Fifty-two years ago this summer at the Palais de la Mutualité in Paris, I listened day after day for a week to the debates of the International Congress of Intellectuals for the Defence of Culture against Fascism : speeches by Barbusse, Malraux, Aragon, Ilya Ehrenburg, Anna Seghers, Ernst Toller, Theodore Dreiser, et j’en passe… What was to be done ? What should a writer try most to convey to his readers ? Concern about the steadily rising tide of political barbarism in the West was anxious and intense. To advocate harnessing literature to the cause of propaganda was a serious temptation, though one resisted by most serious artists. Today we ask with similar anxiety the questions arising from concern for the safeguard of the environment. I need only repeat here the words used by Nikos Kiriazis at the 8th Congress of the Organisation Mondiale des Poètes in Corfu two years ago : ‘What can we do ? What we have ever been doing. To write and to speak’. Addressing himself then to the question of Poetry and the Environment, the Greek poet also stated : ‘The problem that concerns everybody must concern us poets even more. Poets are guardians of beauty and truth. We have to defend this beauty and truth. Today this means we must fight for the environment’.
The threatening possibility of physical annihilation by a final and even more literal holocaust than the last is quite as real as was the fear of the abolition of liberal civilization by totalitarianism in 1935. Grateful though we may be for the existence of such organizations as the European Green Movement, the Friends of the Earth and Greenpeace, I should not wish to appear simply to be advocating support and diffusion of their principles. Above all I would plead, first for greater awareness of how crucial are the issues we are hear to discuss and a determination to awaken readers to such an awareness as best one may,. Secondly for a determination not to succumb to perhaps the most immediate peril of all : that of becoming petrified by the drastic extremity of the situation confronting us. The French word méduser is especially suitable to express what I mean here. Today’s planetary iron age, as Edgar Morin has defined it, presents us with an aspect as horrifying as that of the Medusa, that can not only benumb but dumbfound us. What is now needed more than ever before is not simply that provision of recreation and consolation which has ever been an important function of creative writing : it is the naming of the essential, the use of words capable of arousing fuller consciousness not only of our peril but also of our profoundest resources.
I must hasten to conclude by using one further quotation. Long ago I translated and published in an English review  the essay written by Pierre Jean Jouve to preface his collection of poems Sueur de Sang, dated (astonishingly as it now seems) 1933. It is entitled L’Inconscient, spiritualité et catastrophe, and ends as follows :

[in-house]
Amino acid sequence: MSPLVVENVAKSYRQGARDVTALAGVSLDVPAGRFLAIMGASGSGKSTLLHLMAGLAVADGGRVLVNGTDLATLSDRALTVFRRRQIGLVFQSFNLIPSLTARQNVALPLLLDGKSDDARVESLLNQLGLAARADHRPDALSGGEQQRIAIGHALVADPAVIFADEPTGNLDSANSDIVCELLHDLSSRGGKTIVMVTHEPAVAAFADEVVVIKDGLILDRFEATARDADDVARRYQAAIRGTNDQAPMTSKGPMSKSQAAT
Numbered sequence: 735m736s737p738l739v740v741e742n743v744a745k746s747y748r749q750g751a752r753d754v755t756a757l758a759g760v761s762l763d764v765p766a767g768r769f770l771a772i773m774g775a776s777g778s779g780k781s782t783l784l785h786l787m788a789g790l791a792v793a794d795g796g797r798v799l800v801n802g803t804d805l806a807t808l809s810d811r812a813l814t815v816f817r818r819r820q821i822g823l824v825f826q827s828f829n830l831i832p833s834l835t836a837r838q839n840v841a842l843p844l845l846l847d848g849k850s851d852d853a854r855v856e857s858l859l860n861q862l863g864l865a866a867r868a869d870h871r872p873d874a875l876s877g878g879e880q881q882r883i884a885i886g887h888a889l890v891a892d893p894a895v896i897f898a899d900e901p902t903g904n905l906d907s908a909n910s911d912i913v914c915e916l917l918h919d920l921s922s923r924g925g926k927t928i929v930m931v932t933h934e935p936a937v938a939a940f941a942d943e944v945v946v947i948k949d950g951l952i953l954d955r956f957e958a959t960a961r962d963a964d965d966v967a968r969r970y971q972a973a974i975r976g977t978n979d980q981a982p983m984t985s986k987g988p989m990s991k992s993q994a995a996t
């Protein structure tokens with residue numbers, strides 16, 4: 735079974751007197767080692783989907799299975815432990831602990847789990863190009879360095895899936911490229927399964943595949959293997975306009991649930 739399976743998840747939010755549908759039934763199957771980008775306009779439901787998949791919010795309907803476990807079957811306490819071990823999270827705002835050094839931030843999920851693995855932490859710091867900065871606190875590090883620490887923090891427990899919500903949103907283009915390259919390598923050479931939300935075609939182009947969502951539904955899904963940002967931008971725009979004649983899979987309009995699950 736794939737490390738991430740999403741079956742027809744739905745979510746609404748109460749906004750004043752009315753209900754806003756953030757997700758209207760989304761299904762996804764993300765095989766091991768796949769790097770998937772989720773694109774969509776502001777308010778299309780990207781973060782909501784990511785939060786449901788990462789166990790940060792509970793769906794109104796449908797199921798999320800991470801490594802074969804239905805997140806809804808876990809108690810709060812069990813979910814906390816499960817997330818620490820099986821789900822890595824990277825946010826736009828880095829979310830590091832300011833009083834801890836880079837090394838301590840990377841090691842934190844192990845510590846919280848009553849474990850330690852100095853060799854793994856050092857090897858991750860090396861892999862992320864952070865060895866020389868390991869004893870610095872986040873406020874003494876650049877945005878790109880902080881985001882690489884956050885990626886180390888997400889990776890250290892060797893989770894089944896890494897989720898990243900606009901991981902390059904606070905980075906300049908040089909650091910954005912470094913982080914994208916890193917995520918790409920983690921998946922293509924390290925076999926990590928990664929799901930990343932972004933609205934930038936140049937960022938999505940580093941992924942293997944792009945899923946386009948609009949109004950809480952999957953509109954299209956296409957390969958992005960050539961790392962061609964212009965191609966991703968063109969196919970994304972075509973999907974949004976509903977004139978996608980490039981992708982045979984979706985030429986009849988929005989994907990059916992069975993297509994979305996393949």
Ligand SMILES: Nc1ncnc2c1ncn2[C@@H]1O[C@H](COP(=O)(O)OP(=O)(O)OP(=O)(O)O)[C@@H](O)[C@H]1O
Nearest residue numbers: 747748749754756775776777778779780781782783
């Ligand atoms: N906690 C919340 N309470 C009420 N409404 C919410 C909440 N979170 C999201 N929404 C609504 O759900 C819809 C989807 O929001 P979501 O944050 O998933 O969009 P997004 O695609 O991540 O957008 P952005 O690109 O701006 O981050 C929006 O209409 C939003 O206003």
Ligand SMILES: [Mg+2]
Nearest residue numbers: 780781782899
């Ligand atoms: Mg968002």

At this very hour, civilization is faced with the possibility of the direst of
catastrophes ; a catastrophe all the more menacing in that its first and last
cause lies within man’s own inner depths, mysterious in their action and
governed by an independent logic ; moreover, man is now as never before
aware of the pulse of Death within him. The psycho-neurosis of the world
has reached so advanced a stage that we can but fear the possibility of an
act of suicide. Human society is reminded of the condition in which it
found itself in the time of St. John, or round about the year 1000 ; it awaits
the end, hoping it will come soon. It should hardly be necessary to prove
that the creator of living values (the poet) must be against catastrophe ; the
use the poet makes of the death-instinct is so entirely the contrary of that
which catastrophe would make of it ; and in a sense, poetry is the very life
of the great Eros, surviving death through death…
Be that as it may, we find ourselves today heavy laden with the accumulated
weight of instruments of Destruction ; the noisome iniquities of its nations
make of Europe ‘the great harlot…seated upon a scarlet coloured beast, full
of names of blasphemy, having seven heads and ten horns…’ ‘Alas, alas,
that great city, that was clothed in fine linen, and purple, and scarlet, and
decked with gold, and precious stones, and pearls ! For in one hour so great
riches is brought to nought’. We sense distinctly that it is a question not so
much of imminent revolution as of sheer destruction, cultivation of a culpable
object for our hatred, and regression.
Revolution, like the religious act, has need of love. Poetry is an inward veh-
icle of this love. We who are poets, therefore, must labour to bring forth, out
of such base or precious substances as are derived from man’s humble, beaut-
iful erotic force, the bloody sweat of sublimation.
Meanwhile, we must persevere in awaiting the inspiring Pentecostal word, that when it is heard will surely have come from within, where are located not only the vast domain we call the Unconscious, but also, we have been told, the kingdom of heaven. 
Edited by Roger Scott,
© The Estate of David Gascoyne 2006
 God’s Grandeur.
 Poetry (London), Vol.1, no.4 (1941), pp.112-114.
 According to a note in Gascoyne’s hand on the typescript, this essay was written for Resurgence. However, I contacted the magazine some years ago, and there is no record of publication there - or elsewhere.